Three losses in four games have UCLA back on the NCAA Tournament bubble, though still with a chance to come off if some key wins happen.
An opportunity for one comes in Friday night's visit to Arizona, where the Bruins can greatly enhance their shaky profile with a season sweep of the 17th-ranked Wildcats.
Just as it did a year ago, UCLA (13-10, 4-6 Pac-12) would stir considerable debate among the selection committee with a solid finish to an overall inconsistent body of work. The Bruins own strong non-conference victories over Kentucky and Gonzaga along with an 87-84 win over then-No. 7 Arizona on Jan. 7, but have offset those results by losing double-digit games - six by 13 points or more - and residing in the bottom half of the competitive Pac-12.
UCLA, which did make the field as a 13-loss team last year, must improve its 1-4 record on the road in conference play to earn another at-large berth. It failed in its most recent chance for a statement win, falling behind early and never recovering in an 80-61 loss at Southern California last Thursday.
Despite eight days to recover, the task won't get any easier. After going into one of the nation's toughest venues Friday at the McKale Center, the Bruins continue a span of five road dates in seven games Sunday at Arizona State.
''This is a tough stretch and we've got to find it,'' coach Steve Alford said.
Additionally, Arizona (19-5, 7-4) appears to have recovered from its earlier struggles. After dropping to 4-4 in the conference and having its 49-game home winning streak snapped in a Jan. 28 loss to first-place Oregon, the Wildcats have held Oregon State, Washington State and Washington to a combined 39.1 percent shooting and 66.3 points per game in three consecutive victories.
Arizona is also receiving a big lift from Ryan Anderson, with the graduate transfer posting a fourth straight double-double with 22 points and 15 rebounds in Saturday's 77-72 win at Washington. He had a career-high 31 points and 12 rebounds in a 79-64 victory over Washington State three days earlier.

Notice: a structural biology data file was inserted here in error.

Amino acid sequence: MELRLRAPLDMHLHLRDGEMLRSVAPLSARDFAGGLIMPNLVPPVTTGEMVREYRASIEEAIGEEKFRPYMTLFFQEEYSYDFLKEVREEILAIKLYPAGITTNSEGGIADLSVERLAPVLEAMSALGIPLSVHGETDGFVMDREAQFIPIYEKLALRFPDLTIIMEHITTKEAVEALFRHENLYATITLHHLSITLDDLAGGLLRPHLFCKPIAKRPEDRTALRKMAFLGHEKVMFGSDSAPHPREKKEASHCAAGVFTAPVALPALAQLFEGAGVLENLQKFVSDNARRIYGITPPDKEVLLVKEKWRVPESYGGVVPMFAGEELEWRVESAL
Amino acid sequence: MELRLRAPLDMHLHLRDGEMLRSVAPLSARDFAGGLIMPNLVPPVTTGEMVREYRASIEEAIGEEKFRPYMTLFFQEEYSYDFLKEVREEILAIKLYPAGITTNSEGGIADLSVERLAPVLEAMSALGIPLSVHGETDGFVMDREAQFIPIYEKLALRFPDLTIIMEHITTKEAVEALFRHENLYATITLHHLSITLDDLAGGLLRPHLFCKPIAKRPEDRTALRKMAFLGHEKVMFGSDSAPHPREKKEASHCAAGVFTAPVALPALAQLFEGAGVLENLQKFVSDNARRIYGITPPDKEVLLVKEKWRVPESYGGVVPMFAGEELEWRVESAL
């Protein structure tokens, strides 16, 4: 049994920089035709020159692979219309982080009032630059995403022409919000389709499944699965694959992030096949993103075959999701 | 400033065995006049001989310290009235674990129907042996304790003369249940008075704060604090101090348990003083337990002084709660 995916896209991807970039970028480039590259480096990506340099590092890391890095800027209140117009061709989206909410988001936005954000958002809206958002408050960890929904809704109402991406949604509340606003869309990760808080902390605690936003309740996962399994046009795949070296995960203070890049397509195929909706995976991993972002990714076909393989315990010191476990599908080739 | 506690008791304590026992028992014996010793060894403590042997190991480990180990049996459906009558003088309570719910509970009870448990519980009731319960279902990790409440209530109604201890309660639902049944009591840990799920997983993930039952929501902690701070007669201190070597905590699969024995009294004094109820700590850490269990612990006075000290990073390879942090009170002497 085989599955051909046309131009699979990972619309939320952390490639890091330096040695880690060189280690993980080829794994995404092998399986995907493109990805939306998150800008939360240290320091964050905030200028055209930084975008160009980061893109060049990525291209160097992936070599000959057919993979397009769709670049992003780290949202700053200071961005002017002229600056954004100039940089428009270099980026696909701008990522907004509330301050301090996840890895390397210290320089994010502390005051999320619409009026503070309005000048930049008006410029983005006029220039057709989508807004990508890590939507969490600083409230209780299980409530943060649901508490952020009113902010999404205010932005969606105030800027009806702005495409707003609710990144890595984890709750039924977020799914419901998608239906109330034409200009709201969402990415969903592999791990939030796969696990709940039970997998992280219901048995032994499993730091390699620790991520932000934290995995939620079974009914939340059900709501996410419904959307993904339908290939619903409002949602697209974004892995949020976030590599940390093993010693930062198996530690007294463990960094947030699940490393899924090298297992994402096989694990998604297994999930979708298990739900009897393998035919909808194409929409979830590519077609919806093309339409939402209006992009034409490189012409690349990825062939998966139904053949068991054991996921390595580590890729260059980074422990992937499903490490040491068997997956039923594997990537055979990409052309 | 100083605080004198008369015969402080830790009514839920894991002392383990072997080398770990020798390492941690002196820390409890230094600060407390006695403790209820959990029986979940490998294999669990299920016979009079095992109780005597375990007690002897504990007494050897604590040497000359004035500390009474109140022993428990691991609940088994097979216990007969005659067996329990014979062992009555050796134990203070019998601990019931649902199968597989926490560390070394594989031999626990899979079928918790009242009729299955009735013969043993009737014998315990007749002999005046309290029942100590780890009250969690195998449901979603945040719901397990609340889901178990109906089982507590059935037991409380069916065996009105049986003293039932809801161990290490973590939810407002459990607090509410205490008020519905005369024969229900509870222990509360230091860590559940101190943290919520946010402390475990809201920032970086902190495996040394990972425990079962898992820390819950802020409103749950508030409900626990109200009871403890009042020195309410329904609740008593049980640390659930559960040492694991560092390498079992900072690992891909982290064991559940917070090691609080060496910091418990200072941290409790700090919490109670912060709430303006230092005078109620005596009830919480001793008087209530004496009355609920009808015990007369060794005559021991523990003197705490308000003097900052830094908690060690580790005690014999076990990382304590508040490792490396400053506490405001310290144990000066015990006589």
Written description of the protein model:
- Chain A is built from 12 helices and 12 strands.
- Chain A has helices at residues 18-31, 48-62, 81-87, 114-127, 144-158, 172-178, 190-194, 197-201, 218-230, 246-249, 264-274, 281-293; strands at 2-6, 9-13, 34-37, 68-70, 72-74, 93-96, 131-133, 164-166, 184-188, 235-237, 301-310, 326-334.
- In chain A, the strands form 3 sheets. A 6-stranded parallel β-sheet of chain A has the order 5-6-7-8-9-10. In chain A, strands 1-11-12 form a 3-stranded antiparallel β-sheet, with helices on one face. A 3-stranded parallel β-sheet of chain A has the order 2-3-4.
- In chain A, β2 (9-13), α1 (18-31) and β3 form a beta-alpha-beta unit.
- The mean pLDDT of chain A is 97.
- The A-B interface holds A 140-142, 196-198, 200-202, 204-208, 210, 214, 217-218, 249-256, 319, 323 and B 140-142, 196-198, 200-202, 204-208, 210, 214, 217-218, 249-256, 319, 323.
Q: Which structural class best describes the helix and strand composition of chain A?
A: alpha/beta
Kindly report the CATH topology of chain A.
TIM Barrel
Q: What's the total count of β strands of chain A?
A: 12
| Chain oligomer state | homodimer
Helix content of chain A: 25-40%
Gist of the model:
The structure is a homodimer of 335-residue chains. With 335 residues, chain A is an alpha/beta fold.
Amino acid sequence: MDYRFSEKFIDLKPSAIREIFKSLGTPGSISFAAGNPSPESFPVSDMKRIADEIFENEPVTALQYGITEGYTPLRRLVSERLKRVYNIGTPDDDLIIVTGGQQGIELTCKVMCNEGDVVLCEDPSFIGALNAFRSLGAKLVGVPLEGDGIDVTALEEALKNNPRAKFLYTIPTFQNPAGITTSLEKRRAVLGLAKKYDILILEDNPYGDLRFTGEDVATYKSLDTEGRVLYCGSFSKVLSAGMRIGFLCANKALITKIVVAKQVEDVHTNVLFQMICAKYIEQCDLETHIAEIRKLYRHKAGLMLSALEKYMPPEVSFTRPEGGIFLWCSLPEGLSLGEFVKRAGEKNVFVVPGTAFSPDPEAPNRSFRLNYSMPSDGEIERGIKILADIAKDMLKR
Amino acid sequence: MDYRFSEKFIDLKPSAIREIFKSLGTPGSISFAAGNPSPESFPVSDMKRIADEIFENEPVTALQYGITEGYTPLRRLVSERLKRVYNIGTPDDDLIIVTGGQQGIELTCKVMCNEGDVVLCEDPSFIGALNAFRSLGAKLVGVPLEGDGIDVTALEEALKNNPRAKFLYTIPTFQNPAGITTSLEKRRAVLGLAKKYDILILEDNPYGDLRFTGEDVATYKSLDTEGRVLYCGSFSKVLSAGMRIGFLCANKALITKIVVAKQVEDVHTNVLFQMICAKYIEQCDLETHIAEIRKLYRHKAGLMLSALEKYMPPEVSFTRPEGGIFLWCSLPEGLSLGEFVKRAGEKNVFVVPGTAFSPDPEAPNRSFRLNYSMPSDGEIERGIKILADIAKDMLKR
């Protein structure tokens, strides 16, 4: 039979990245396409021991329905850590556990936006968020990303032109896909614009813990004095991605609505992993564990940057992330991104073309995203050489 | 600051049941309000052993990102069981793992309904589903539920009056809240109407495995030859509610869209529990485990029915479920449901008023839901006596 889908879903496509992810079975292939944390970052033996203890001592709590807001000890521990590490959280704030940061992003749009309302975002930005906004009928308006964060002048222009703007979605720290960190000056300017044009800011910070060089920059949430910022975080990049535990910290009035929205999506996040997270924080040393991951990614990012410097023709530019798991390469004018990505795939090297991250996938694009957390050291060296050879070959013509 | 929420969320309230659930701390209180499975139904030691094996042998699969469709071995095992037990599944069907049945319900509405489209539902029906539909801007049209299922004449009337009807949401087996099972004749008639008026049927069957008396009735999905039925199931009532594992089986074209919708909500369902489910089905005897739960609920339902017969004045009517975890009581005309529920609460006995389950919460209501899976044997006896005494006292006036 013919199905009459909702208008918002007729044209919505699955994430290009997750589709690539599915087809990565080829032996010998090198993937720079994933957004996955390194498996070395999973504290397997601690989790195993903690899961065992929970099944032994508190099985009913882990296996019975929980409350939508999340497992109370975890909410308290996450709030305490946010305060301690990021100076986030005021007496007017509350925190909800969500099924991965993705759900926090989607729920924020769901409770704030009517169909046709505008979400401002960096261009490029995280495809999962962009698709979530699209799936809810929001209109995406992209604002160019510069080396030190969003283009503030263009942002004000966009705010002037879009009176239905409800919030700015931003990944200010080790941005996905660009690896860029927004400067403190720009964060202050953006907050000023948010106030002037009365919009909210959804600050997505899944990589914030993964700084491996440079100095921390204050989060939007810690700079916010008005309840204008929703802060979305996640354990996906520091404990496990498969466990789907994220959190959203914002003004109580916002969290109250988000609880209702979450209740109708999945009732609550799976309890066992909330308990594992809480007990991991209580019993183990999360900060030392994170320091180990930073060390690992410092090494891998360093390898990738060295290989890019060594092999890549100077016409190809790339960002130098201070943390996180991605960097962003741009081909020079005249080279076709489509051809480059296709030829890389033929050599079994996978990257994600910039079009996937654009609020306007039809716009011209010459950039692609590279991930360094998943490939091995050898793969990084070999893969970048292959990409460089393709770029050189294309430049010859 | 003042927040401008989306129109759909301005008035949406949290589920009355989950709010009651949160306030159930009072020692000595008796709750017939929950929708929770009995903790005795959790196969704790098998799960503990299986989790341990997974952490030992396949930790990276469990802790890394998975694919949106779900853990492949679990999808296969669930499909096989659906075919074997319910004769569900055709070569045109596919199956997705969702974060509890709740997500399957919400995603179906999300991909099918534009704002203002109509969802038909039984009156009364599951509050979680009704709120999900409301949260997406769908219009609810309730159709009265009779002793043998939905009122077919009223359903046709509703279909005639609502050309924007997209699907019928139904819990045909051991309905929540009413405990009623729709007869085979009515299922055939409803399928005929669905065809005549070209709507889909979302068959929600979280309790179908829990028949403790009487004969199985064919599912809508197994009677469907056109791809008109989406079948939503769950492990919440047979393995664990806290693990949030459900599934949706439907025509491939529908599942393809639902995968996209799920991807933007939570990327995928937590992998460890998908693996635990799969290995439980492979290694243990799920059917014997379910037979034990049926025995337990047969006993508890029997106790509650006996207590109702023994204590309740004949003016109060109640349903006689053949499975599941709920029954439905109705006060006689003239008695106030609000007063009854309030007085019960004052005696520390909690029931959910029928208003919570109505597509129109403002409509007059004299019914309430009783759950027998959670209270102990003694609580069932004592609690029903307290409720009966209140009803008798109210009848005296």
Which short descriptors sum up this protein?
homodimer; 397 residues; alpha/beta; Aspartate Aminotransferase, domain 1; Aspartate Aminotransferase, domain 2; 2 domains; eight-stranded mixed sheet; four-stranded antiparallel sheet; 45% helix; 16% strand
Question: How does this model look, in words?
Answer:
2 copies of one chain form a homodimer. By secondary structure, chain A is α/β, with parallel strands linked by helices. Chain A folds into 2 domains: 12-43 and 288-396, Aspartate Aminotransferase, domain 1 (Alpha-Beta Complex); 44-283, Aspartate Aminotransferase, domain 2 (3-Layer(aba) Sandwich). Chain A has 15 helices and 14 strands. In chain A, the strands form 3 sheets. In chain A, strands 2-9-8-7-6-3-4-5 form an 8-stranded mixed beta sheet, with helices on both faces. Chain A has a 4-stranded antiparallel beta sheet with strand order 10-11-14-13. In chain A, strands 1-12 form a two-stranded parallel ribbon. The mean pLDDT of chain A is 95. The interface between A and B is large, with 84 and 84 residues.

The Wildcats overcame 20 turnovers by outrebounding the Huskies 43-29 and holding a 21-6 advantage in second-chance points, capitalizing on a season-long strength. Arizona ranks among the Division I leaders with a plus-11.4 rebounding margin and is second overall in defensive rebounding percentage (.782).
''The last couple of weeks we've been focusing on the details with our bigs and the little things we can get better at individually have helped us be successful,'' Anderson said.
UCLA can counter with its frontcourt duo of Tony Parker and Thomas Welsh, who rank 1-2 in the Pac-12 in offensive rebounds. Parker had 12 rebounds and 14 points in last month's matchup, in which Bryce Alford capped a 25-point performance with a tiebreaking 3-pointer with 1.8 seconds left.
Alford and Isaac Hamilton, the Bruins' top two scorers, were a combined 6 of 25 as UCLA shot a season-low 34.8 percent against USC.
"We just kept missing shots," guard Aaron Holiday said. "They'd get misses, turnovers and easy buckets."
UCLA will need better proficiency to complete the sweep, as the Wildcats are averaging 86.0 points and shooting 50.8 percent from 3-point range over their last four home games. Gabe York, the Pac-12 leader in 3-pointers made, has gone 47.5 percent from 3 at the McKale Center compared to 37.8 percent in all other games.
Allonzo Trier's return from a broken hand has brought the offense a further boost. The heralded freshman had seven points in 16 minutes off the bench against Washington after missing the previous seven games.
The Bruins won at the McKale Center in 2013, joining Oregon and California as the only visitors to win there over the past four seasons.